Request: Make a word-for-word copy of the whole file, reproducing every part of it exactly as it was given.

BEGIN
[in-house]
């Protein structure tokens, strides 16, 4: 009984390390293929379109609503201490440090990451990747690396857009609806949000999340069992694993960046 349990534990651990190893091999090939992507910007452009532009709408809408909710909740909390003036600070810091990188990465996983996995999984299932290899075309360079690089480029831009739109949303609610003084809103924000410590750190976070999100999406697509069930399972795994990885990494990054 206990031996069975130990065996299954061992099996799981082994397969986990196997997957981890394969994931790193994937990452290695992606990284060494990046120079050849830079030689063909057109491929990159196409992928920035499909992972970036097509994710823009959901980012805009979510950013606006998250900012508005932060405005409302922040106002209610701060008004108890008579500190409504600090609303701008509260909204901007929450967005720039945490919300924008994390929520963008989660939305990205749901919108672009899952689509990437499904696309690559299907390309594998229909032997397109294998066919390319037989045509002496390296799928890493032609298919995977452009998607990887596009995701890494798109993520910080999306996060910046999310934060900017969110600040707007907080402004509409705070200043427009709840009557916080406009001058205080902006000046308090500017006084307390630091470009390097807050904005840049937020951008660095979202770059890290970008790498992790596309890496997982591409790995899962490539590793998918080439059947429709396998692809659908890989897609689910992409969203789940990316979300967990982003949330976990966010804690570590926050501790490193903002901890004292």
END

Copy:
[in-house]
């Protein structure tokens, strides 16, 4: 009984390390293929379109609503201490440090990451990747690396857009609806949000999340069992694993960046 349990534990651990190893091999090939992507910007452009532009709408809408909710909740909390003036600070810091990188990465996983996995999984299932290899075309360079690089480029831009739109949303609610003084809103924000410590750190976070999100999406697509069930399972795994990885990494990054 206990031996069975130990065996299954061992099996799981082994397969986990196997997957981890394969994931790193994937990452290695992606990284060494990046120079050849830079030689063909057109491929990159196409992928920035499909992972970036097509994710823009959901980012805009979510950013606006998250900012508005932060405005409302922040106002209610701060008004108890008579500190409504600090609303701008509260909204901007929450967005720039945490919300924008994390929520963008989660939305990205749901919108672009899952689509990437499904696309690559299907390309594998229909032997397109294998066919390319037989045509002496390296799928890493032609298919995977452009998607990887596009995701890494798109993520910080999306996060910046999310934060900017969110600040707007907080402004509409705070200043427009709840009557916080406009001058205080902006000046308090500017006084307390630091470009390097807050904005840049937020951008660095979202770059890290970008790498992790596309890496997982591409790995899962490539590793998918080439059947429709396998692809659908890989897609689910992409969203789940990316979300967990982003949330976990966010804690570590926050501790490193903002901890004292």